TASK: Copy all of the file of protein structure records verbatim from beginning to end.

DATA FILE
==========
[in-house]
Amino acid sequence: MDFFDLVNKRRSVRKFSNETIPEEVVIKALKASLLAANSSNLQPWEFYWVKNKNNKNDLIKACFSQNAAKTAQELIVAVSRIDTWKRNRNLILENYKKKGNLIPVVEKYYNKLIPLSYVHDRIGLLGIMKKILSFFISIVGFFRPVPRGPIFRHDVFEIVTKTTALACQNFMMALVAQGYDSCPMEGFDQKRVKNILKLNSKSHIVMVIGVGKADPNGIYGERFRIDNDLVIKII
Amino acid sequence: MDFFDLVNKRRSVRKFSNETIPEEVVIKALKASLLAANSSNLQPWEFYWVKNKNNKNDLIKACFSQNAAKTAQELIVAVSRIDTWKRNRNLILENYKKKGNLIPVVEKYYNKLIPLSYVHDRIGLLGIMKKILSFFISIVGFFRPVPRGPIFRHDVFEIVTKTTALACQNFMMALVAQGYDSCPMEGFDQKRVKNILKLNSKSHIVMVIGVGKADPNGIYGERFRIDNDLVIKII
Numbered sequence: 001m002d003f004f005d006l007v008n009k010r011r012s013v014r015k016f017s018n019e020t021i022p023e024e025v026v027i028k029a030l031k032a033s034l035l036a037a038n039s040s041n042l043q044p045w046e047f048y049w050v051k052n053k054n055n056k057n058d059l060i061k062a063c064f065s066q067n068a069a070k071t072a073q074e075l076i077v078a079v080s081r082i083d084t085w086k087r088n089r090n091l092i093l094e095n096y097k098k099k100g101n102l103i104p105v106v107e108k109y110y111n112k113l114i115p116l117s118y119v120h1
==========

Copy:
[in-house]
Amino acid sequence: MDFFDLVNKRRSVRKFSNETIPEEVVIKALKASLLAANSSNLQPWEFYWVKNKNNKNDLIKACFSQNAAKTAQELIVAVSRIDTWKRNRNLILENYKKKGNLIPVVEKYYNKLIPLSYVHDRIGLLGIMKKILSFFISIVGFFRPVPRGPIFRHDVFEIVTKTTALACQNFMMALVAQGYDSCPMEGFDQKRVKNILKLNSKSHIVMVIGVGKADPNGIYGERFRIDNDLVIKII
Amino acid sequence: MDFFDLVNKRRSVRKFSNETIPEEVVIKALKASLLAANSSNLQPWEFYWVKNKNNKNDLIKACFSQNAAKTAQELIVAVSRIDTWKRNRNLILENYKKKGNLIPVVEKYYNKLIPLSYVHDRIGLLGIMKKILSFFISIVGFFRPVPRGPIFRHDVFEIVTKTTALACQNFMMALVAQGYDSCPMEGFDQKRVKNILKLNSKSHIVMVIGVGKADPNGIYGERFRIDNDLVIKII
Numbered sequence: 001m002d003f004f005d006l007v008n009k010r011r012s013v014r015k016f017s018n019e020t021i022p023e024e025v026v027i028k029a030l031k032a033s034l035l036a037a038n039s040s041n042l043q044p045w046e047f048y049w050v051k052n053k054n055n056k057n058d059l060i061k062a063c064f065s066q067n068a069a070k071t072a073q074e075l076i077v078a079v080s081r082i083d084t085w086k087r088n089r090n091l092i093l094e095n096y097k098k099k100g101n102l103i104p105v106v107e108k109y110y111n112k113l114i115p116l117s118y119v120h1